Haibatullah Akhundzada, the new
leader of the Taliban militant group, is seen in an undated photograph
released on May 25, 2016. ©Reuters
militant group has called on the US to end its “occupation” of
Afghanistan as foreign forces are still present in the country 15 years
after Washington launched its so-called war on terror.
the realities instead of useless use of force and muscle … and put an
end to the occupation,” Akhundzada said on Saturday in his first
message since being appointed the Taliban leader.
He also noted
that the Afghan nation stands firm against invaders, stressing that
Afghans “neither fear … your force nor your stratagem.”
Taliban chief further warned those supporting invaders that they are
following suit of “those abhorrent faces who … supported the Britons and
the Soviets” in the past.
Elsewhere in his comments, Akhundzada
raised the possibility of an agreement with the Afghan government if
Kabul renounced what he called its foreign allies.
The Taliban planned to create an independent and united country, he said.
security personnel gather near the wreckage of buses, which were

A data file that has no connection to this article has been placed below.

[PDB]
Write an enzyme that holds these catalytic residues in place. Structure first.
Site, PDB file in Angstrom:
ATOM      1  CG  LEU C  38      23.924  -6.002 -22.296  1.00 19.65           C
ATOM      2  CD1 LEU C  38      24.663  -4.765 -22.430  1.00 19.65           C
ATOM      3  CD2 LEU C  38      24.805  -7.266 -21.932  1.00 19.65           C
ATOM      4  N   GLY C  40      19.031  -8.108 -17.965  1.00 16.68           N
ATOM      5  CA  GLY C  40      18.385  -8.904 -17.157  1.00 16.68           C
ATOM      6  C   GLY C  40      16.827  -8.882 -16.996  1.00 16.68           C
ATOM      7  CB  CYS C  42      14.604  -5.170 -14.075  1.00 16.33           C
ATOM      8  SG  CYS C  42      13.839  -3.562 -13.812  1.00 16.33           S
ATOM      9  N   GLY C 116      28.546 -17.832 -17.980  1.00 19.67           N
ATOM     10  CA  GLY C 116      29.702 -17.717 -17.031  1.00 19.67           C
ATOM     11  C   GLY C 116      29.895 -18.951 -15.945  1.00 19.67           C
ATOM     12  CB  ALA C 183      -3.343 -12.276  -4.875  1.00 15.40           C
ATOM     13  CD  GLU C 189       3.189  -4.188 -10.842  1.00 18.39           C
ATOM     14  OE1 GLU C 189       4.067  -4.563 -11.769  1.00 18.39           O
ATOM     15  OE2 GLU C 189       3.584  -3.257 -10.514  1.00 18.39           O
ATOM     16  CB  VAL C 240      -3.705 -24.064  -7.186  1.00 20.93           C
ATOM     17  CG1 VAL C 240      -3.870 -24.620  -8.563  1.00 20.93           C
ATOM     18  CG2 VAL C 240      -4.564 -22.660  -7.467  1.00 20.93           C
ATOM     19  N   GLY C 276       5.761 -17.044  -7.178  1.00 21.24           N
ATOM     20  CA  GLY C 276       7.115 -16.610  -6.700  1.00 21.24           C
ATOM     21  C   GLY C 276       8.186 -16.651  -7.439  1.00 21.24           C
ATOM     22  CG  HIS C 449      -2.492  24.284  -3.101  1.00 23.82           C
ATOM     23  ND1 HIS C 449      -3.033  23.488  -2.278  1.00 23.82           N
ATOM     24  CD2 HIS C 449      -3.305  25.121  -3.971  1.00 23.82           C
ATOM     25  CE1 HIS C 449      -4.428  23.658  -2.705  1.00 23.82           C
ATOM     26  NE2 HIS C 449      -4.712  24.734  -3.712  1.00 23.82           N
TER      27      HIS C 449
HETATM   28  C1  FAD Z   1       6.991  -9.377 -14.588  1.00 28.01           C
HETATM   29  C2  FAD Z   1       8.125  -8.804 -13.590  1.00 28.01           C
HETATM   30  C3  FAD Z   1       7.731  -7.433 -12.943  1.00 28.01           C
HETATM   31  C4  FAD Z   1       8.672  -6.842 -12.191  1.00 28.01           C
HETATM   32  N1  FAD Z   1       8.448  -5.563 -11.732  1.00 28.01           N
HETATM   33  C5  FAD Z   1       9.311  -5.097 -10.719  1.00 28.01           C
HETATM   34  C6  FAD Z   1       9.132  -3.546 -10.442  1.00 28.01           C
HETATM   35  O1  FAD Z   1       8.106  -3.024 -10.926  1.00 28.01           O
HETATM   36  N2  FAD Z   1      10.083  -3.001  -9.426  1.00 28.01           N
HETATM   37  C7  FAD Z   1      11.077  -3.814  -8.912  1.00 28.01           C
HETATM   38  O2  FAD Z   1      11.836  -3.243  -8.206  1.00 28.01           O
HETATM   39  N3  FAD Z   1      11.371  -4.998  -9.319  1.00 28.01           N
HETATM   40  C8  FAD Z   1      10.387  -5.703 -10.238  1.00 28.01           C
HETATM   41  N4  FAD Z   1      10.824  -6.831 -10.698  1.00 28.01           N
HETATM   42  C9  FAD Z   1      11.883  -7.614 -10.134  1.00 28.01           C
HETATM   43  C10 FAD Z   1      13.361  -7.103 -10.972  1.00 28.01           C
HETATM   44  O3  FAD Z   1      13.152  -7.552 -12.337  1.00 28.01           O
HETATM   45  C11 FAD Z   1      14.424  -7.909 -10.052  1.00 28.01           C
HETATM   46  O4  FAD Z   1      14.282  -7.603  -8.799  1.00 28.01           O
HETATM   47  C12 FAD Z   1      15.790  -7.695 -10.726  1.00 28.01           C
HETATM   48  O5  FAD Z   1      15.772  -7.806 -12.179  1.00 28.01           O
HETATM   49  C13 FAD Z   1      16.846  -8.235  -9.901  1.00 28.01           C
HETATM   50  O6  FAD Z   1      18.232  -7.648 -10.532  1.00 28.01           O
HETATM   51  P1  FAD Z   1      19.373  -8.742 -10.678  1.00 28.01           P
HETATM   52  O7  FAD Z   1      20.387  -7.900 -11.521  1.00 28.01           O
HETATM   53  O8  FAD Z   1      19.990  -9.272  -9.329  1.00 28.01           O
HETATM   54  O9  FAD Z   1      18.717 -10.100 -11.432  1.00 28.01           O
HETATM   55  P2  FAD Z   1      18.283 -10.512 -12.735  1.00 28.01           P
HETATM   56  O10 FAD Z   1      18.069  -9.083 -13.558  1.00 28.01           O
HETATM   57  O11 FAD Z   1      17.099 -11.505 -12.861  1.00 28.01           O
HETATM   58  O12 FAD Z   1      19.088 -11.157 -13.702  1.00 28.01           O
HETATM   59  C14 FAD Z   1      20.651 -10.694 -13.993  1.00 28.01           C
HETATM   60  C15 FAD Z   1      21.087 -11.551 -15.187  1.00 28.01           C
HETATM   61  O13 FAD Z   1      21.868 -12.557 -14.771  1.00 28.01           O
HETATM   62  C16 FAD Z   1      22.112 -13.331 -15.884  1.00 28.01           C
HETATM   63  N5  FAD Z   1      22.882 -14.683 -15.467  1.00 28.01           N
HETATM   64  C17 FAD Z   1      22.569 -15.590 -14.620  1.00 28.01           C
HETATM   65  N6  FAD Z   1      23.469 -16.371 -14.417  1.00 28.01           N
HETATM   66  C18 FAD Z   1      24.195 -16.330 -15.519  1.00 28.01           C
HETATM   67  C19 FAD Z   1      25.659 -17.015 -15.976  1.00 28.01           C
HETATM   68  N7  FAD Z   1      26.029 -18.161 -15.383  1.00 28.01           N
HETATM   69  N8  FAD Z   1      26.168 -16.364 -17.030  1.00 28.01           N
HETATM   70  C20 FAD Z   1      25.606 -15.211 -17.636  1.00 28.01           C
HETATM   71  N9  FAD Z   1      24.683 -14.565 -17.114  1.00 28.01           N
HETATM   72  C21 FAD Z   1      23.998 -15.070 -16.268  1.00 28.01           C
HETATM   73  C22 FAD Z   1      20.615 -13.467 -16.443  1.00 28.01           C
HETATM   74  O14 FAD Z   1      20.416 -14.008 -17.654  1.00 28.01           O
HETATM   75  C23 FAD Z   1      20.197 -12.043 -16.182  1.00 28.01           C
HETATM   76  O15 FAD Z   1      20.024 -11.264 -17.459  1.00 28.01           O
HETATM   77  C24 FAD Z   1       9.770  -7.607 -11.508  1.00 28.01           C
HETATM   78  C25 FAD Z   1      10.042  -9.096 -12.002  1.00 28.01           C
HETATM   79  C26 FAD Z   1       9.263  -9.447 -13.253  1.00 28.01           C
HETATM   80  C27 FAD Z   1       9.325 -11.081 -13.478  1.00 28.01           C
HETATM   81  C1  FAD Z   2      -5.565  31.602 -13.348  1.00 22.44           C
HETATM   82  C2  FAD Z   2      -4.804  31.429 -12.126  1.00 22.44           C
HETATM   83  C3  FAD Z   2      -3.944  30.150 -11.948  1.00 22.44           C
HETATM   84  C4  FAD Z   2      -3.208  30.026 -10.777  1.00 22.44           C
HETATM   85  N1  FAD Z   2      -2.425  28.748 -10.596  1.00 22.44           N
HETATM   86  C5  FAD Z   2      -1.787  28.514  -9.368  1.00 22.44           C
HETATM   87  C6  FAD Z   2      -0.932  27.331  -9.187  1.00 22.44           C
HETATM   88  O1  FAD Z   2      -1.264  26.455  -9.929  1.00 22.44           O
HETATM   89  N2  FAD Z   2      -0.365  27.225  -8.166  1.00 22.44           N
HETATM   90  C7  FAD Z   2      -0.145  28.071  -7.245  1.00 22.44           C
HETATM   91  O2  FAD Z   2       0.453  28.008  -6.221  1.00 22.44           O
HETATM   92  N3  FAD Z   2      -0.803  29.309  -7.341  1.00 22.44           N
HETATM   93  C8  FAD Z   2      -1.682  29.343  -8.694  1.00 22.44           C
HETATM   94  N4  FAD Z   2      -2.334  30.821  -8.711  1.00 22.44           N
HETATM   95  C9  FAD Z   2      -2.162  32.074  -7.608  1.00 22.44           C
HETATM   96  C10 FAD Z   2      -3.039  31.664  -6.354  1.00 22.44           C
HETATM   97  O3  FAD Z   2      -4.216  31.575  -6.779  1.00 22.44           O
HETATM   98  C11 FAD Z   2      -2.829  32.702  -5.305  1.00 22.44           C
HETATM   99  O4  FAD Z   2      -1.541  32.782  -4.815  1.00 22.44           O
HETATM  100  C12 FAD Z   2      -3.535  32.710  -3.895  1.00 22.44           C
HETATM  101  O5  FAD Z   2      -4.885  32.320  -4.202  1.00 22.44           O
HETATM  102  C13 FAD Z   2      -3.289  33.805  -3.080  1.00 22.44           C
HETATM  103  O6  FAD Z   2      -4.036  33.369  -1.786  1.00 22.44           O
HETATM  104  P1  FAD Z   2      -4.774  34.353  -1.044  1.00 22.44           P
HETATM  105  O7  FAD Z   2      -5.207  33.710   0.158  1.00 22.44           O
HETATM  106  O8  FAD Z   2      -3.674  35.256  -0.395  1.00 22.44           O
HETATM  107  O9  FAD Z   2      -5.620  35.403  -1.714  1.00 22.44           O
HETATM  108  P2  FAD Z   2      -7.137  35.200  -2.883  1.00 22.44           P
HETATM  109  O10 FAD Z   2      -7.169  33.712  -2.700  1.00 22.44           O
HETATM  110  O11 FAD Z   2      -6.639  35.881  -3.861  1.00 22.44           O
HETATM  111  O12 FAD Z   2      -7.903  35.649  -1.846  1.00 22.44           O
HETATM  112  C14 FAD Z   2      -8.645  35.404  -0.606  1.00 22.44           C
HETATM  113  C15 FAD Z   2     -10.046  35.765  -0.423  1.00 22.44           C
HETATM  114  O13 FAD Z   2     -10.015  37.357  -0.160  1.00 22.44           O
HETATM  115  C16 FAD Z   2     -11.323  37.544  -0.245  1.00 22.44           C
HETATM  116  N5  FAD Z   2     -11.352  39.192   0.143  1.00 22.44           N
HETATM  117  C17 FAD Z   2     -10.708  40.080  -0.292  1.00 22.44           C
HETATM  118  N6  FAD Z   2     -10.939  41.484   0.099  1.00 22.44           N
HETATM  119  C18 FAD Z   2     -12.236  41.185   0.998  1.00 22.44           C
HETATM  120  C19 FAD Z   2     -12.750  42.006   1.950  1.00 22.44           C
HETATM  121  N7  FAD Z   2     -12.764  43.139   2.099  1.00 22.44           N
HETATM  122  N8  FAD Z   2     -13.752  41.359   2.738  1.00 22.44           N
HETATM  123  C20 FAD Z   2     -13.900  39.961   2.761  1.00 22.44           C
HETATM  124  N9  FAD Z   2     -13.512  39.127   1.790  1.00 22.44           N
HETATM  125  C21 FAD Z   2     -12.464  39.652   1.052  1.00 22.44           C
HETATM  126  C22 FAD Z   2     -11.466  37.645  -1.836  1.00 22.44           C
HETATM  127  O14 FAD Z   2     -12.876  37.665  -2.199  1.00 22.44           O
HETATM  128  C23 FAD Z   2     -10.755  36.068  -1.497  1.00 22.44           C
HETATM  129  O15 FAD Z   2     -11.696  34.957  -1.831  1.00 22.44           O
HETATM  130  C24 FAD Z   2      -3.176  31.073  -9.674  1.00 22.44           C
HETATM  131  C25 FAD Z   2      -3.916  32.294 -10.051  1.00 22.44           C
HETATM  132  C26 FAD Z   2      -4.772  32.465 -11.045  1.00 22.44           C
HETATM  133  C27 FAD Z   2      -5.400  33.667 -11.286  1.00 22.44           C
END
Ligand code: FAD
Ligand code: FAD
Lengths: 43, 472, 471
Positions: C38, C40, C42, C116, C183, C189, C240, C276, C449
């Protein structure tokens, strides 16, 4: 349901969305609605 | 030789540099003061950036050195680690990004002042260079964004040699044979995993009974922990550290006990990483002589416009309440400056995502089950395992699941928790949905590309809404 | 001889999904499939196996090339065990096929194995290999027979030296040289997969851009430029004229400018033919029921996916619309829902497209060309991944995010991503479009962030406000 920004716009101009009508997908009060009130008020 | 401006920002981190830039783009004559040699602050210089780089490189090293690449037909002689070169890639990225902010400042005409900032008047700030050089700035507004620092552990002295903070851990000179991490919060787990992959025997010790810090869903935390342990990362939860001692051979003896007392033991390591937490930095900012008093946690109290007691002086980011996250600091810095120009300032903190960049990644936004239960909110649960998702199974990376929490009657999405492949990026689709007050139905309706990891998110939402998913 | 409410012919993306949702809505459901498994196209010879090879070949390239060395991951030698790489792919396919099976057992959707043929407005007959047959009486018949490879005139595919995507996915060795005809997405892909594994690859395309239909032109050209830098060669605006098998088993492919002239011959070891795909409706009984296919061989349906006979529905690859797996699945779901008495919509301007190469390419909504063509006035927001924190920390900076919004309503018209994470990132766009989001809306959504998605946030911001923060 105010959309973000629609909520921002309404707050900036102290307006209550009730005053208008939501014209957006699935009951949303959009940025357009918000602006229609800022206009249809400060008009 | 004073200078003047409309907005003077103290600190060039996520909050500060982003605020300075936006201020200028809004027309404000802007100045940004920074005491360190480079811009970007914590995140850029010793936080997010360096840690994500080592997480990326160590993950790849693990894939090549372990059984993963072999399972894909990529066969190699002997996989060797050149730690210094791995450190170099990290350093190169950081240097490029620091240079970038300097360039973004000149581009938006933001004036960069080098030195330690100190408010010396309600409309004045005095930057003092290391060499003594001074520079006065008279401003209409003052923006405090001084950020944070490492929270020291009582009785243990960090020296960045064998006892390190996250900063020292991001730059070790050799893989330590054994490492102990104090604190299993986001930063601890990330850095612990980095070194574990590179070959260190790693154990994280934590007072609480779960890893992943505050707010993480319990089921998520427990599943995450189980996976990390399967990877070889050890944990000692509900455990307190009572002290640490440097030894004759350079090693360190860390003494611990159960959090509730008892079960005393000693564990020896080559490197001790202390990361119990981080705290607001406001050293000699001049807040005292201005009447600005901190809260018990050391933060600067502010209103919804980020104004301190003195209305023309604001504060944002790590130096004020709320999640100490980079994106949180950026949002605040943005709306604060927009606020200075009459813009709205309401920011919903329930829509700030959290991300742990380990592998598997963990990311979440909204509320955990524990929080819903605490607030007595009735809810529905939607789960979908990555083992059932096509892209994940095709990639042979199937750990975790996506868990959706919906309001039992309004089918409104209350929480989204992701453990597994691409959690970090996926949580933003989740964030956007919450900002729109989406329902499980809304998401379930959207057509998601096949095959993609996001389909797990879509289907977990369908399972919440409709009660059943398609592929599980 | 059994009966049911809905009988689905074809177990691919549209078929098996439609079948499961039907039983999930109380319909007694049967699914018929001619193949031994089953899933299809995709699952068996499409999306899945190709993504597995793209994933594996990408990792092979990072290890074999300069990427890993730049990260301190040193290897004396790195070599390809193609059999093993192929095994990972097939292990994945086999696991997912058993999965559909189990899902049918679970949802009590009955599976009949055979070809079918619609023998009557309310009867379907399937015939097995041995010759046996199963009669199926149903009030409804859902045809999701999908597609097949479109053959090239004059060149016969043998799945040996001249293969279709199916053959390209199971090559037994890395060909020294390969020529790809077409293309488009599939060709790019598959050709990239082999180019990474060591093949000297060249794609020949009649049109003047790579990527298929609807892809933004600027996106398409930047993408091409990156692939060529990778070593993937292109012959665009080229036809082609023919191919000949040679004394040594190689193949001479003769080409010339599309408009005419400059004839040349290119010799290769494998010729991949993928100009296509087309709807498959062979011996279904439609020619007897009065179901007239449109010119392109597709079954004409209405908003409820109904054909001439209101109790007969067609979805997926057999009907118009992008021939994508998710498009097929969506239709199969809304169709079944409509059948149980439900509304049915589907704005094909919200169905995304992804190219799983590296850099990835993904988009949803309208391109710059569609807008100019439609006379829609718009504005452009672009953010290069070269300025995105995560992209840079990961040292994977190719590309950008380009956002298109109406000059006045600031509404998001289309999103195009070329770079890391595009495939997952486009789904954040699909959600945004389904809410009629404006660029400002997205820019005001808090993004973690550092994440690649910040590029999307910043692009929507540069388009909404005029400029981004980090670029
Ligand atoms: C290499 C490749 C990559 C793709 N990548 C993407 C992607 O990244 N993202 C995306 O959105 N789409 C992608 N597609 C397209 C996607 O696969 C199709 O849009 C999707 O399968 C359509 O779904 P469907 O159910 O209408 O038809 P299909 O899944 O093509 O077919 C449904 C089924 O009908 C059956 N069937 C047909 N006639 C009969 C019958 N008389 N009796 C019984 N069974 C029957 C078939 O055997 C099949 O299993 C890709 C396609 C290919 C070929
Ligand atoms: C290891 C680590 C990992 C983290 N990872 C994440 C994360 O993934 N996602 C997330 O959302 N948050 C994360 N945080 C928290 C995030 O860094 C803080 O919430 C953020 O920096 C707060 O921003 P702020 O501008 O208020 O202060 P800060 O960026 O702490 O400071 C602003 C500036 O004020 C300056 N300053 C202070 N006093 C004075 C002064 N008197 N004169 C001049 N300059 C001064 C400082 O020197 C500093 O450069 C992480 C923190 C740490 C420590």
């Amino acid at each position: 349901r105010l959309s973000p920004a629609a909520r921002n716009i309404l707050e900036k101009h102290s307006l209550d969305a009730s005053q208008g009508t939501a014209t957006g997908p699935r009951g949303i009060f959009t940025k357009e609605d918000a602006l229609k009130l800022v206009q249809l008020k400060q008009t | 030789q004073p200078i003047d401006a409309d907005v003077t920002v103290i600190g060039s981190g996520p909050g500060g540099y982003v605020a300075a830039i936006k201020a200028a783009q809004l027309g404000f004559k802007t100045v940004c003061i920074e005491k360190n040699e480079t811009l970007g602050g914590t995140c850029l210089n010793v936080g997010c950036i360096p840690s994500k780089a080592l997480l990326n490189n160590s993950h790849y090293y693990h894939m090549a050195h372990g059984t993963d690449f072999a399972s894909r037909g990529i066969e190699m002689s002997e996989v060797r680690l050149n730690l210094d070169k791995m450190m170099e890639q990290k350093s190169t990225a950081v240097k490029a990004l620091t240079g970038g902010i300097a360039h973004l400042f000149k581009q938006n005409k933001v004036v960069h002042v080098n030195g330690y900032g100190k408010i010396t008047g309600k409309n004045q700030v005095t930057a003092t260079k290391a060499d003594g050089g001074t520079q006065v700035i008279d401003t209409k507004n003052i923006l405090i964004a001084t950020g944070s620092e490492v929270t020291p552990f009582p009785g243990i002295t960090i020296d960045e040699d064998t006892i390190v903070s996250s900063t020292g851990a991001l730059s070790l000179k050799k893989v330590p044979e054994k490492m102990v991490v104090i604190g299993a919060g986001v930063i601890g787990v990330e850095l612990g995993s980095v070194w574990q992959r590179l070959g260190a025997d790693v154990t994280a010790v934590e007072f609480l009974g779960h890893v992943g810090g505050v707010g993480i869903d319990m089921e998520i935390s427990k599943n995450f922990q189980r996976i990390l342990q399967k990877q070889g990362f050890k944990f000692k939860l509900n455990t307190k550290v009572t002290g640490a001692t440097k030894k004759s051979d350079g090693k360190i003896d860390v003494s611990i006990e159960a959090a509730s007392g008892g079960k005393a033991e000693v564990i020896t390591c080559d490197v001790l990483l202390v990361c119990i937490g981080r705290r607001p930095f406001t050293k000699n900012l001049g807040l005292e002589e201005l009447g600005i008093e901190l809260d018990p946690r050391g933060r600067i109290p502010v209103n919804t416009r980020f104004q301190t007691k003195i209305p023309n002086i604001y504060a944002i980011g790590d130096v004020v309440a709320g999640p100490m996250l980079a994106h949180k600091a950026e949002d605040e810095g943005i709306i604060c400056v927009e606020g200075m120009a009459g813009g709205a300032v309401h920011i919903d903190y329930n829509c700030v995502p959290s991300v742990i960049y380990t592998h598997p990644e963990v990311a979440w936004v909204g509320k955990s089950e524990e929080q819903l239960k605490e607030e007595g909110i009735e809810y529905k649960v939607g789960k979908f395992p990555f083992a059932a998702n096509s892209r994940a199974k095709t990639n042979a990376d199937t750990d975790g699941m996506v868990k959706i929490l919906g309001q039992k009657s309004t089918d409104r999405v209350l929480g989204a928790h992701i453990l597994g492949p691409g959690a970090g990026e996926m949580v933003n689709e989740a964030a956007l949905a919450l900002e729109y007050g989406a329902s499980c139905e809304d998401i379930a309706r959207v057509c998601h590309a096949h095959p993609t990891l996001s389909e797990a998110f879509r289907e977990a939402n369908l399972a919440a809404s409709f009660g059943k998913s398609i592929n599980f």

carrying police cadets, at the site of a bomb attack on the outskirts of
Kabul on June 30, 2016. ©AFPAkhundzada was
picked as the Taliban’s leader, when former ringleader Mullah Akhtar
Mansour was killed in an American drone attack in a remote border area
inside Pakistan on May 21.
The Taliban has seen a string of
defections ever since the news about the death of Mullah Omar, Mansour’s
predecessor, broke in late July 2015. Mullah Omar died at a hospital in
Pakistan’s southern port city of Karachi in April 2013, but his death
was kept secret for two years.
Afghanistan faces a security
challenge years after the United States and its allies invaded the Asian
state in 2001 as part of Washington’s so-called war on terror.
offensive removed the Taliban from power, but many areas in the country
are still beset with bomb attacks, kidnapping incidents and murders.